Put into use
When configured as an STL, the Exstreamer 1000 acts as a high-quality audio streamer. The source can be mic or line level and either mono or stereo. Depending upon the application and available bandwidth, the user may choose to encode audio as PCM MSB, PCM LSB, µ-Law or A-Law. Sample rates range from 8kHz to 48kHz.
The data buffer provides some degree of smoothing for less dependable IP connections. Master volume, mic volume and A/D amplification controls are provided for fine tuning levels.
The audio storage and playback function uses a local USB thumb drive or memory stick for storage. A master text file created and stored on the memory stick directs the behavior of the unit. It defines the location where playlists and audio files can be downloaded. This text file also defines the details of playback or restricted playback (day parting), file updating and device monitoring. File transfer via HTTP, FTP and RTP (Real Time Protocol) are supported.
An extensive set of
commands are available for customized control of audio playback, rotation, timing and volume levels. The Web browser can be used to make
configuration changes on the fly and monitor current
You might wonder if there are any known security vulnerabilities. The Exstreamer 1000 uses a proprietary kernel and TCP implementation called Cobos by Lantronix. It is built on the same source code as IP adapters (device servers), and it has been customized by Barix for further protection against certain DOS issues, making it appropriate for streaming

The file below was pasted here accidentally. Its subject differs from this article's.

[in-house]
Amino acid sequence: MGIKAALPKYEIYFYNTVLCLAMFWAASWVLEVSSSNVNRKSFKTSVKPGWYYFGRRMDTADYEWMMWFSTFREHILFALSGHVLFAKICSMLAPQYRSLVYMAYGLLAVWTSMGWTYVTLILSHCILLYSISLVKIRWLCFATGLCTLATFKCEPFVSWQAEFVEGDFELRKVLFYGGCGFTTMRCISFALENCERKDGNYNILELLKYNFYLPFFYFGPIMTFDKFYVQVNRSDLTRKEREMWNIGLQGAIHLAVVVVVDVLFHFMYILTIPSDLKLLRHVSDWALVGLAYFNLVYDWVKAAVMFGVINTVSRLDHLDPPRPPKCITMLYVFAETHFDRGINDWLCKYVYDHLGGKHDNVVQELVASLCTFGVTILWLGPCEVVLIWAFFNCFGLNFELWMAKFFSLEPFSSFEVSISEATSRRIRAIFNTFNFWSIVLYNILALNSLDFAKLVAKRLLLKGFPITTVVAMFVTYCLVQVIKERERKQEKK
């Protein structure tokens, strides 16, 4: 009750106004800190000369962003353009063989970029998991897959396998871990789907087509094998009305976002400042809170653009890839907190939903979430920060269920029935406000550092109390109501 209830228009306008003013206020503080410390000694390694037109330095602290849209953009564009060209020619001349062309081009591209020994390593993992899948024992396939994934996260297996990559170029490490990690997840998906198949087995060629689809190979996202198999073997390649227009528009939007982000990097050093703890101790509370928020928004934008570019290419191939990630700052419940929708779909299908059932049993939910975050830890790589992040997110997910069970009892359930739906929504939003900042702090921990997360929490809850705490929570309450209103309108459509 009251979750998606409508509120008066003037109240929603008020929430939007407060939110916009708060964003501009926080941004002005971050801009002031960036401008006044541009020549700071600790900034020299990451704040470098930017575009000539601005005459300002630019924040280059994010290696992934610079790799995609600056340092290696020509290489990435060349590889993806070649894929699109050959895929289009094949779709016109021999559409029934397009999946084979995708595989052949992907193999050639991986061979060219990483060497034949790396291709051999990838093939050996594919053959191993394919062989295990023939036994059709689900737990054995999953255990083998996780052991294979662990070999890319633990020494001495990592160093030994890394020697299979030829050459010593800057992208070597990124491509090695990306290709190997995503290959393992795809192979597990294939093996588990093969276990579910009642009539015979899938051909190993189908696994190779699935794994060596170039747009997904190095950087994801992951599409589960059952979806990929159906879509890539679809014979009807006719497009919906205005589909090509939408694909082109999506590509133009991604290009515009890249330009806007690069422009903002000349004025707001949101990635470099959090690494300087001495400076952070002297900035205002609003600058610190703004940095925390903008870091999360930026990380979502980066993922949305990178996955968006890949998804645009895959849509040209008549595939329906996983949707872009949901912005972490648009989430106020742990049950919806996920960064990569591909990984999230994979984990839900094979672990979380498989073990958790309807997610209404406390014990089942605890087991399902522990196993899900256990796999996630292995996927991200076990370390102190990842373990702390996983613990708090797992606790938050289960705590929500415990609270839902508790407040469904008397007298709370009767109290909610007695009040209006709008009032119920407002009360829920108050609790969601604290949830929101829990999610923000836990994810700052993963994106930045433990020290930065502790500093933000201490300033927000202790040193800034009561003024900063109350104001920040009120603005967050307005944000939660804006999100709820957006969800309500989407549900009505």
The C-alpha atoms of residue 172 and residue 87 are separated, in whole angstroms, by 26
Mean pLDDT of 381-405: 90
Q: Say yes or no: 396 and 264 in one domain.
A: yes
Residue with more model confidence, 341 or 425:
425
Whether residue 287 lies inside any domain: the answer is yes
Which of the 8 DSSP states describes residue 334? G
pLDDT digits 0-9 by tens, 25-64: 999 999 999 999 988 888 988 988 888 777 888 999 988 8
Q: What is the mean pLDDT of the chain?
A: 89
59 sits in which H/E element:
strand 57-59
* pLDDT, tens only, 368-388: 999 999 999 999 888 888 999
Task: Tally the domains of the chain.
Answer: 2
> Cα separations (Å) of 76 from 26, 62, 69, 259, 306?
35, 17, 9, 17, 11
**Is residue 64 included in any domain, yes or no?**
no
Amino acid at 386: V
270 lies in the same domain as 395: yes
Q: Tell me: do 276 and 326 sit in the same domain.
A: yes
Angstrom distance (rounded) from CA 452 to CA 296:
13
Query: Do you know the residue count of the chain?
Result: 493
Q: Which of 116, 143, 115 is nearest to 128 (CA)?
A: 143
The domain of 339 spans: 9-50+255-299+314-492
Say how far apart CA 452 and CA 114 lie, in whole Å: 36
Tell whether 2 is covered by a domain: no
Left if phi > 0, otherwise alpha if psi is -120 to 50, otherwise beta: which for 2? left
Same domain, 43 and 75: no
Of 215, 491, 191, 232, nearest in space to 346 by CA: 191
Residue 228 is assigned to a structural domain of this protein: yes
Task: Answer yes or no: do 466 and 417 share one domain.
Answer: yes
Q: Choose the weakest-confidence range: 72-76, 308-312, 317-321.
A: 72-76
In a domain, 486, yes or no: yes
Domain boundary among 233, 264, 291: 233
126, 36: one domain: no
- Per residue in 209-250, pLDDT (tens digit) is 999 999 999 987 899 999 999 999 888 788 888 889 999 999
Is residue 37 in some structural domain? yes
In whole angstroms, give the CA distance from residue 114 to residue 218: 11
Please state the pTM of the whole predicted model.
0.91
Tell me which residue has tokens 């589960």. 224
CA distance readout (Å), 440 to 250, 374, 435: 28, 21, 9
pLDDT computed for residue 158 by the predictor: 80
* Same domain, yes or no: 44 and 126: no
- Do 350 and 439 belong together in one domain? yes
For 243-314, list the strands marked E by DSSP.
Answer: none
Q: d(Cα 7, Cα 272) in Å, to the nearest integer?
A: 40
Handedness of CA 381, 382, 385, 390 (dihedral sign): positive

applications. As an attack point, the functionality is very limited as opposed to a Linux or Windows system.
Out of the box
Basic functions like the STL mode are simple to configure and use. Advanced features such as the ABCL and FTP store/foward are a bit more esoteric but can be powerful tools once mastered. When powering for the first time, a human voice greets the user over the audio output port announcing the IP address of the unit. Customize the unit by recording and replacing the IP address announcement with your own voice.
The Barix website is replete with information on the device as well as sample configuration files. A wiki page provides additional topics beyond the manual. Technical support is currently limited to e-mail and/or long distance to Europe, but the fine folks in technical support are helpful and willing to be contacted via Skype should the need arise.
The reboot function was a very desirable feature; however, the device automatically reboots when changing between applications, thus there is a bit of a wait time before audio can be restored. Interestingly, Barix hosts a free service where one can remotely monitor the device for program delivery assurance. Should the IP connection drop, audio is restored within about a second once the connection is renewed.
Chestnut is assistant chief engineer at Entercom Kansas City.
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